Scientists from the University of Vienna and the Austrian Academy of
Sciences have shown that it is possible to fully preserve the mathematical
structure of quantum theory in the macroscopic limit.

One of the most fundamental features of quantum physics is Bell nonlocality:
the fact that the predictions of quantum mechanics cannot be explained by
any local (classical) theory. This has remarkable conceptual consequences
and far-reaching applications in quantum information. However, in our
everyday experience, macroscopic objects seem to behave according to the
rules of classical physics, and the correlations we see are local. Is this
really the case, or can we challenge this view?

In a recent paper in Physical Review Letters, scientists from the University
of Vienna and the Institute of Quantum Optics and Quantum Information
(IQOQI) of the Austrian Academy of Sciences have shown that it is possible
to fully preserve the mathematical structure of quantum theory in the
macroscopic limit. This could lead to observations of quantum nonlocality at
the macroscopic scale.

Our everyday experience tells us that macroscopic systems obey classical
physics. It is therefore natural to expect that quantum mechanics must
reproduce classical mechanics in the macroscopic limit. This is known as the
correspondence principle, as established by Bohr in 1920.[1]

A simple argument to explain this transition from quantum mechanics to
classical mechanics is the coarse-graining mechanism:[2] if measurements performed on macroscopic systems have limited
resolution and cannot resolve individual microscopic particles, then the
results behave classically. Such an argument, applied to (nonlocal) Bell
correlations,[3] leads to the principle of macroscopic locality.[4] Similarly, temporal quantum correlations reduce to classical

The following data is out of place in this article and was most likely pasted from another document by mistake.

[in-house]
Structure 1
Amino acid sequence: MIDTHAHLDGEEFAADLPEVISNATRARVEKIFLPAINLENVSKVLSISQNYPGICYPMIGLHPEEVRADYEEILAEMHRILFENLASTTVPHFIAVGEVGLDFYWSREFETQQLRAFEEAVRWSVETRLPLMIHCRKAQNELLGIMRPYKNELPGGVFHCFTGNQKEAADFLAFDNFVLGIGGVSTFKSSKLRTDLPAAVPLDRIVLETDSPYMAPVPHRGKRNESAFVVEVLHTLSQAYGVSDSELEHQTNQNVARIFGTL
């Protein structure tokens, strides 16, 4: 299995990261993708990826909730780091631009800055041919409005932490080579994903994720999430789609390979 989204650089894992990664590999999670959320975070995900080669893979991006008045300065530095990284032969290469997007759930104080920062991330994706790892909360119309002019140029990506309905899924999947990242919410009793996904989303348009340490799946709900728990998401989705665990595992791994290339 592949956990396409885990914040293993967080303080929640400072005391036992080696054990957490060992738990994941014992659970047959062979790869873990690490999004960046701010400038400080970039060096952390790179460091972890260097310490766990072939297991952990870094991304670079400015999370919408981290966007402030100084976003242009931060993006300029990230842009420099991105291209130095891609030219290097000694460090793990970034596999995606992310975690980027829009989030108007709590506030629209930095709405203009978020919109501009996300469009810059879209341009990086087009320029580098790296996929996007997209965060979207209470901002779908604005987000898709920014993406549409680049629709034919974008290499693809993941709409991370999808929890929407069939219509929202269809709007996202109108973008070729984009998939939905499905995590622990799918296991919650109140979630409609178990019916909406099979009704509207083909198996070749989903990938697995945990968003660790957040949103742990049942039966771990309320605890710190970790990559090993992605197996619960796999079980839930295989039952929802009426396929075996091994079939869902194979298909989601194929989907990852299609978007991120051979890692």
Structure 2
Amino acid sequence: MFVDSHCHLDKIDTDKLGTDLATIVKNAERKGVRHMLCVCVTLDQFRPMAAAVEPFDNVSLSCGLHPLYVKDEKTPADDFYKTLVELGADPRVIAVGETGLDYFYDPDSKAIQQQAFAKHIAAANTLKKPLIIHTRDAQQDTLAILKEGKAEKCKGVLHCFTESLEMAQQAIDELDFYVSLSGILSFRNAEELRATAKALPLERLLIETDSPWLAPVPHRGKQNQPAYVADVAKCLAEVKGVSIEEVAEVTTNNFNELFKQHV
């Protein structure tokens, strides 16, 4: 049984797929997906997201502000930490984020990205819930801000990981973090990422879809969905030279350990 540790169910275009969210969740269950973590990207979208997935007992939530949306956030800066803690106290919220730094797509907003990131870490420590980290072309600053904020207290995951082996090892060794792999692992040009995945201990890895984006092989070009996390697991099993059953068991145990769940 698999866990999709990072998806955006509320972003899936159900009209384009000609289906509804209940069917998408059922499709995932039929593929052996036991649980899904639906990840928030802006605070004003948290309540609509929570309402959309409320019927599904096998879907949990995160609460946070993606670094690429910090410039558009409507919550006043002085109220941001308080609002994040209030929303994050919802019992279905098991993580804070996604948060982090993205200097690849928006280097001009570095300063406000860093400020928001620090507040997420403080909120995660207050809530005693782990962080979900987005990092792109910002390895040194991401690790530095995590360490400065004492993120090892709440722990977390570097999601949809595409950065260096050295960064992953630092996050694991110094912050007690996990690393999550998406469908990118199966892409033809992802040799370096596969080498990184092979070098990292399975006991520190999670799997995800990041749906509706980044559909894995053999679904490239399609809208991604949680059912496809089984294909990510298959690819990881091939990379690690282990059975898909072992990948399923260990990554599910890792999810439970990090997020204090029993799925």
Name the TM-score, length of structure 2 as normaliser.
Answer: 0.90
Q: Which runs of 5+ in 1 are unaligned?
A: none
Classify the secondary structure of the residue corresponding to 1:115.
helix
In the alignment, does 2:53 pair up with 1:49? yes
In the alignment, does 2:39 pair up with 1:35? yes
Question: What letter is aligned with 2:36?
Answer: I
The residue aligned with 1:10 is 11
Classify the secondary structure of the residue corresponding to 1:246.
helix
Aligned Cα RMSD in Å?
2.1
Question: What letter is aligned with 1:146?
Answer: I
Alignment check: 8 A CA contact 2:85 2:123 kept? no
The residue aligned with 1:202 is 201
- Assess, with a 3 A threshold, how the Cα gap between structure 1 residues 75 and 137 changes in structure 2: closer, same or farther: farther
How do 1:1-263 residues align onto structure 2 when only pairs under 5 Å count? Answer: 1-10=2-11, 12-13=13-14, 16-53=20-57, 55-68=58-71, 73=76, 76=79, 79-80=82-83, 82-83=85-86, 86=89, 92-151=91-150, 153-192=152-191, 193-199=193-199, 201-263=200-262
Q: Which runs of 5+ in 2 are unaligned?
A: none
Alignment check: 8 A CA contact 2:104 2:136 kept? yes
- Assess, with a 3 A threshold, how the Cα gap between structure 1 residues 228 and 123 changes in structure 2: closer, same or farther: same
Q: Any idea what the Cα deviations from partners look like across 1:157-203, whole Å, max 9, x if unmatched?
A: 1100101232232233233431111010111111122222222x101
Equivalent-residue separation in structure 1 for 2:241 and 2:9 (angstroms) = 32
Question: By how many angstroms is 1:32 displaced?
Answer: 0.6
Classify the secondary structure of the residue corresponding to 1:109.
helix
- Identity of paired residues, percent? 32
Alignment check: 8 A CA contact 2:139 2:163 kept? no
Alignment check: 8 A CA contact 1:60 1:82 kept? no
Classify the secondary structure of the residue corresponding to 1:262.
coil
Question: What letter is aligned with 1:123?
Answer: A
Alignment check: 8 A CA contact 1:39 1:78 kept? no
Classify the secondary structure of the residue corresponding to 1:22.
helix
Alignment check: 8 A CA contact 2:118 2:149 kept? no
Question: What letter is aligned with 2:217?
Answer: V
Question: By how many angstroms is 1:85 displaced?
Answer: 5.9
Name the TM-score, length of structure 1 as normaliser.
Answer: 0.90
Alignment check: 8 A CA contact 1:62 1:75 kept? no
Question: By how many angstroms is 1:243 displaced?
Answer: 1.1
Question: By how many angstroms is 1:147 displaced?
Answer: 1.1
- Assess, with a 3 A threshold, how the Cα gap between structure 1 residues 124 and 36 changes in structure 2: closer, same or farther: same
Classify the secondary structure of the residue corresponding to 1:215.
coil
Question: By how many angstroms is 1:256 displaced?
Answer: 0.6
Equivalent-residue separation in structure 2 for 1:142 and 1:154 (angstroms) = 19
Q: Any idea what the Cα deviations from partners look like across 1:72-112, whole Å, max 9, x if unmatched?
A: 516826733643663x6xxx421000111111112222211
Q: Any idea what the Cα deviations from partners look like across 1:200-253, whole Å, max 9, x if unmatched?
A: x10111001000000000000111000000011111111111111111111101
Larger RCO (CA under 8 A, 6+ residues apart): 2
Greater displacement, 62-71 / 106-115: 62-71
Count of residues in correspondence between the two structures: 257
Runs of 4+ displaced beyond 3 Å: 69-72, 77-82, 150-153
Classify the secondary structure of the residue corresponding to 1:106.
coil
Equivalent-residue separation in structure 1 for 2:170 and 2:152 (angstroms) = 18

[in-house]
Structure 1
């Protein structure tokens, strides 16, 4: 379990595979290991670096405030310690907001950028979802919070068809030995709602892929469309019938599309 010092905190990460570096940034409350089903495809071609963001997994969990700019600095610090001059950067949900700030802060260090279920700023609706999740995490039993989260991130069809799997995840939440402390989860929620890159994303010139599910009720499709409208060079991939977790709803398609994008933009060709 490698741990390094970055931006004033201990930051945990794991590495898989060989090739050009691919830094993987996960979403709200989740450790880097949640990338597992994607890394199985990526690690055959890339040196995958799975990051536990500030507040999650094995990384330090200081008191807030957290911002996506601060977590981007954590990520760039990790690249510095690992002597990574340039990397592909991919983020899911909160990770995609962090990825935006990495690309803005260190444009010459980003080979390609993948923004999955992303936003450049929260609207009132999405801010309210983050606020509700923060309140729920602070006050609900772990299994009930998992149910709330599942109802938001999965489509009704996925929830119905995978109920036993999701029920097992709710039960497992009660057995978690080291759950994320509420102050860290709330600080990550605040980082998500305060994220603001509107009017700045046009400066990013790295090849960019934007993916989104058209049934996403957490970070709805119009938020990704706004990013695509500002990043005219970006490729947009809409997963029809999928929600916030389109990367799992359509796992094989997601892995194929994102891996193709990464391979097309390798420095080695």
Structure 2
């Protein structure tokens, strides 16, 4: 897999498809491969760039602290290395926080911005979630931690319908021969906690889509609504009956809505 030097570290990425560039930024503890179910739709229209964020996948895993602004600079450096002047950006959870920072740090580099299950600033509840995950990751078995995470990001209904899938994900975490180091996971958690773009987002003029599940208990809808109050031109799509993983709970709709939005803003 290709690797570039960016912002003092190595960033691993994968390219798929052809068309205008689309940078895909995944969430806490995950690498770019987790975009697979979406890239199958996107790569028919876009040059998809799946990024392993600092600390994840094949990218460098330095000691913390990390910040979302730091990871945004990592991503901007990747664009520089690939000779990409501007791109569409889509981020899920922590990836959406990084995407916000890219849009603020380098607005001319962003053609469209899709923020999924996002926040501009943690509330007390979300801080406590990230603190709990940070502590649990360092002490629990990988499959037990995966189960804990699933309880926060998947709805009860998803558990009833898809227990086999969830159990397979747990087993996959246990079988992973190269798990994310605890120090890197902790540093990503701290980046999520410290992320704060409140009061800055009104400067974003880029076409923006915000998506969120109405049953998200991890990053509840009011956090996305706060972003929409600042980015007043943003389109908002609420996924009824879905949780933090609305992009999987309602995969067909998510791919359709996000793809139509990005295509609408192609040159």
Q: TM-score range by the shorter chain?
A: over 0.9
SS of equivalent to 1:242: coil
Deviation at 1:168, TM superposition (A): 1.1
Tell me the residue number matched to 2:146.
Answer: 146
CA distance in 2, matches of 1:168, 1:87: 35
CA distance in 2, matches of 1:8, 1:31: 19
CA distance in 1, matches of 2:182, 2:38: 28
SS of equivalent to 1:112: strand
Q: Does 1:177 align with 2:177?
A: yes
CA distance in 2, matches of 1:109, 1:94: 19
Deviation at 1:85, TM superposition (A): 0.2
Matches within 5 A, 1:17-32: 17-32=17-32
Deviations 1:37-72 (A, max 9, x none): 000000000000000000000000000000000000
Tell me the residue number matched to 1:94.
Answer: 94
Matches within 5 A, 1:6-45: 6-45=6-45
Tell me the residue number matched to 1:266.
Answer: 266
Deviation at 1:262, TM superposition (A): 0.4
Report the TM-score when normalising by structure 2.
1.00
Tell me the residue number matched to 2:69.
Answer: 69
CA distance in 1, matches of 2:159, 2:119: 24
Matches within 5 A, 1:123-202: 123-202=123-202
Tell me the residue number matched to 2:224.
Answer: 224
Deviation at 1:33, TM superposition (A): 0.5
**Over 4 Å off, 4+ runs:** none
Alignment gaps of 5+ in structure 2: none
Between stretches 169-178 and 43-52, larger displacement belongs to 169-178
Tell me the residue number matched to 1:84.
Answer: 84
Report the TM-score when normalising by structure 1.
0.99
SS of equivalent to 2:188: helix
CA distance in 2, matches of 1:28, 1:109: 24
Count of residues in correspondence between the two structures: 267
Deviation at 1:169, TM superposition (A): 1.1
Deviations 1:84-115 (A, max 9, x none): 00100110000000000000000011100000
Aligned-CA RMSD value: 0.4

correlations (macroscopic realism)[2] and quantum contextuality reduces to macroscopic
non-contextuality.[5]

It was strongly believed that the quantum-to-classical transition is
universal, although a general proof was missing. To illustrate the point,
let us take the example of quantum nonlocality. Suppose we have two distant
observers, Alice and Bob, who want to measure the strength of the
correlation between their local systems. We can imagine a typical situation
where Alice measures her tiny quantum particle and Bob does the same with
his and they combine their observational results to calculate the
corresponding correlation.

Since their results are inherently random (as is always the case in quantum
experiments), they must repeat the experiment a large number of times to
find the mean of the correlations. The key assumption in this context is
that each run of the experiment must be repeated under exactly the same
conditions and independently of other runs, which is known as the IID
(independent and identically distributed) assumption. For example, when
performing random coin tosses, we need to ensure that each toss is fair and
unbiased, resulting in a measured probability of (approximately) 50% for